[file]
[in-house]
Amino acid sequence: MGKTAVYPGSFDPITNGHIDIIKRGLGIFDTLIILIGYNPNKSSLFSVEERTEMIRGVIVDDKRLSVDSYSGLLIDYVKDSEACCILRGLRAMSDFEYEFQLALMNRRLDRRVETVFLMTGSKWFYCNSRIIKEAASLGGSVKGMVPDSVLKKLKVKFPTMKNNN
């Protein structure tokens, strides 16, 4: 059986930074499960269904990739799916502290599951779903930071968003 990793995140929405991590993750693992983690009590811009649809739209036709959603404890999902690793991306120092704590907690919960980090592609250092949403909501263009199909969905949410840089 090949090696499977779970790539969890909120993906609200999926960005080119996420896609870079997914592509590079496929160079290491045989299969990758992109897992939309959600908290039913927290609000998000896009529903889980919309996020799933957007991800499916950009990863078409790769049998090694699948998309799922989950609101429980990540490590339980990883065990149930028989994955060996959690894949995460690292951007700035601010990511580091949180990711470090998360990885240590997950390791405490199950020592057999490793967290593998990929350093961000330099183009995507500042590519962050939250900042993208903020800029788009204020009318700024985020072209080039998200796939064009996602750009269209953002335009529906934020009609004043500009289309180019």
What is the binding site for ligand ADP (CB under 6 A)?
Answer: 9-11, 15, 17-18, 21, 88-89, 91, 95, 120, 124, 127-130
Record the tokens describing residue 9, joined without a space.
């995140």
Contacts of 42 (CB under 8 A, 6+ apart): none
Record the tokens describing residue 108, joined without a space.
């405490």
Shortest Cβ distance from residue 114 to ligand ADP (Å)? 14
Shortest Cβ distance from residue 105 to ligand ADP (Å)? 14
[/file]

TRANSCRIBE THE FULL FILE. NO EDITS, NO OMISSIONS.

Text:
[in-house]
Amino acid sequence: MGKTAVYPGSFDPITNGHIDIIKRGLGIFDTLIILIGYNPNKSSLFSVEERTEMIRGVIVDDKRLSVDSYSGLLIDYVKDSEACCILRGLRAMSDFEYEFQLALMNRRLDRRVETVFLMTGSKWFYCNSRIIKEAASLGGSVKGMVPDSVLKKLKVKFPTMKNNN
């Protein structure tokens, strides 16, 4: 059986930074499960269904990739799916502290599951779903930071968003 990793995140929405991590993750693992983690009590811009649809739209036709959603404890999902690793991306120092704590907690919960980090592609250092949403909501263009199909969905949410840089 090949090696499977779970790539969890909120993906609200999926960005080119996420896609870079997914592509590079496929160079290491045989299969990758992109897992939309959600908290039913927290609000998000896009529903889980919309996020799933957007991800499916950009990863078409790769049998090694699948998309799922989950609101429980990540490590339980990883065990149930028989994955060996959690894949995460690292951007700035601010990511580091949180990711470090998360990885240590997950390791405490199950020592057999490793967290593998990929350093961000330099183009995507500042590519962050939250900042993208903020800029788009204020009318700024985020072209080039998200796939064009996602750009269209953002335009529906934020009609004043500009289309180019």
What is the binding site for ligand ADP (CB under 6 A)?
Answer: 9-11, 15, 17-18, 21, 88-89, 91, 95, 120, 124, 127-130
Record the tokens describing residue 9, joined without a space.
């995140």
Contacts of 42 (CB under 8 A, 6+ apart): none
Record the tokens describing residue 108, joined without a space.
């405490």
Shortest Cβ distance from residue 114 to ligand ADP (Å)? 14
Shortest Cβ distance from residue 105 to ligand ADP (Å)? 14